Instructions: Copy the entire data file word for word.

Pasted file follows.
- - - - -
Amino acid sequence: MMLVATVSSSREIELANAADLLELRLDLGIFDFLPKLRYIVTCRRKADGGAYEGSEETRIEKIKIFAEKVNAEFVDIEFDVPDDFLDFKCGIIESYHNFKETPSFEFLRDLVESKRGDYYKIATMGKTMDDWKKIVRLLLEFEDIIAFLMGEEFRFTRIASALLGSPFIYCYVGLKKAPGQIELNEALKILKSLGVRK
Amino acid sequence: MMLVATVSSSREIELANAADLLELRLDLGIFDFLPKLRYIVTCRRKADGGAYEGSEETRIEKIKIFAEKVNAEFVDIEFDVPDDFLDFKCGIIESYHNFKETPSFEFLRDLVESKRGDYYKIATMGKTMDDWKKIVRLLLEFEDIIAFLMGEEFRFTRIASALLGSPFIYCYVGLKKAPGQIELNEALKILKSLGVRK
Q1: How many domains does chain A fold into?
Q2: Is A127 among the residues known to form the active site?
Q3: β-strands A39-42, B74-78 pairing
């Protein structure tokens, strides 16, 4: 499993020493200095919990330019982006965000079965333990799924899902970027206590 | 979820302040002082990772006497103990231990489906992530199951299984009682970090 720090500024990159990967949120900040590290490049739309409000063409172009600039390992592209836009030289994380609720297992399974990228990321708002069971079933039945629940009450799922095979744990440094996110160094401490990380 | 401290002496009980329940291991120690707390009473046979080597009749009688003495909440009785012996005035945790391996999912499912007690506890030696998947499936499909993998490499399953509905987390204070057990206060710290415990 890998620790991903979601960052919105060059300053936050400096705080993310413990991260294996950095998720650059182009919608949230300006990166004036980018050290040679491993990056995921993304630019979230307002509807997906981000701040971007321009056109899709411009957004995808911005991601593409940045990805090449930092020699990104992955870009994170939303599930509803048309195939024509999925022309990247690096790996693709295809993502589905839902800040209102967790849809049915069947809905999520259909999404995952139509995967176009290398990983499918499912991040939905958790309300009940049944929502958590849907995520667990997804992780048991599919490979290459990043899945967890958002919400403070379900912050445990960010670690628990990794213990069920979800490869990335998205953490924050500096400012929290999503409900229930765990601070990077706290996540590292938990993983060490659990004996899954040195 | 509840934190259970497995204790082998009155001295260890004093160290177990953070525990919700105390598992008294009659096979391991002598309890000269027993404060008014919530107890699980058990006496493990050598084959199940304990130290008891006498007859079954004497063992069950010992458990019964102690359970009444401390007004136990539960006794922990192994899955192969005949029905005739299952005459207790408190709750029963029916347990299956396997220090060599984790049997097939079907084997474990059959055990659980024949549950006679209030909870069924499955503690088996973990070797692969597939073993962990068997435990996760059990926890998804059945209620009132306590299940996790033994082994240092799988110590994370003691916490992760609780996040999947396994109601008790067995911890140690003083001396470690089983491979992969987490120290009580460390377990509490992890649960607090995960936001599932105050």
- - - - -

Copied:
Amino acid sequence: MMLVATVSSSREIELANAADLLELRLDLGIFDFLPKLRYIVTCRRKADGGAYEGSEETRIEKIKIFAEKVNAEFVDIEFDVPDDFLDFKCGIIESYHNFKETPSFEFLRDLVESKRGDYYKIATMGKTMDDWKKIVRLLLEFEDIIAFLMGEEFRFTRIASALLGSPFIYCYVGLKKAPGQIELNEALKILKSLGVRK
Amino acid sequence: MMLVATVSSSREIELANAADLLELRLDLGIFDFLPKLRYIVTCRRKADGGAYEGSEETRIEKIKIFAEKVNAEFVDIEFDVPDDFLDFKCGIIESYHNFKETPSFEFLRDLVESKRGDYYKIATMGKTMDDWKKIVRLLLEFEDIIAFLMGEEFRFTRIASALLGSPFIYCYVGLKKAPGQIELNEALKILKSLGVRK
Q1: How many domains does chain A fold into?
Q2: Is A127 among the residues known to form the active site?
Q3: β-strands A39-42, B74-78 pairing
């Protein structure tokens, strides 16, 4: 499993020493200095919990330019982006965000079965333990799924899902970027206590 | 979820302040002082990772006497103990231990489906992530199951299984009682970090 720090500024990159990967949120900040590290490049739309409000063409172009600039390992592209836009030289994380609720297992399974990228990321708002069971079933039945629940009450799922095979744990440094996110160094401490990380 | 401290002496009980329940291991120690707390009473046979080597009749009688003495909440009785012996005035945790391996999912499912007690506890030696998947499936499909993998490499399953509905987390204070057990206060710290415990 890998620790991903979601960052919105060059300053936050400096705080993310413990991260294996950095998720650059182009919608949230300006990166004036980018050290040679491993990056995921993304630019979230307002509807997906981000701040971007321009056109899709411009957004995808911005991601593409940045990805090449930092020699990104992955870009994170939303599930509803048309195939024509999925022309990247690096790996693709295809993502589905839902800040209102967790849809049915069947809905999520259909999404995952139509995967176009290398990983499918499912991040939905958790309300009940049944929502958590849907995520667990997804992780048991599919490979290459990043899945967890958002919400403070379900912050445990960010670690628990990794213990069920979800490869990335998205953490924050500096400012929290999503409900229930765990601070990077706290996540590292938990993983060490659990004996899954040195 | 509840934190259970497995204790082998009155001295260890004093160290177990953070525990919700105390598992008294009659096979391991002598309890000269027993404060008014919530107890699980058990006496493990050598084959199940304990130290008891006498007859079954004497063992069950010992458990019964102690359970009444401390007004136990539960006794922990192994899955192969005949029905005739299952005459207790408190709750029963029916347990299956396997220090060599984790049997097939079907084997474990059959055990659980024949549950006679209030909870069924499955503690088996973990070797692969597939073993962990068997435990996760059990926890998804059945209620009132306590299940996790033994082994240092799988110590994370003691916490992760609780996040999947396994109601008790067995911890140690003083001396470690089983491979992969987490120290009580460390377990509490992890649960607090995960936001599932105050």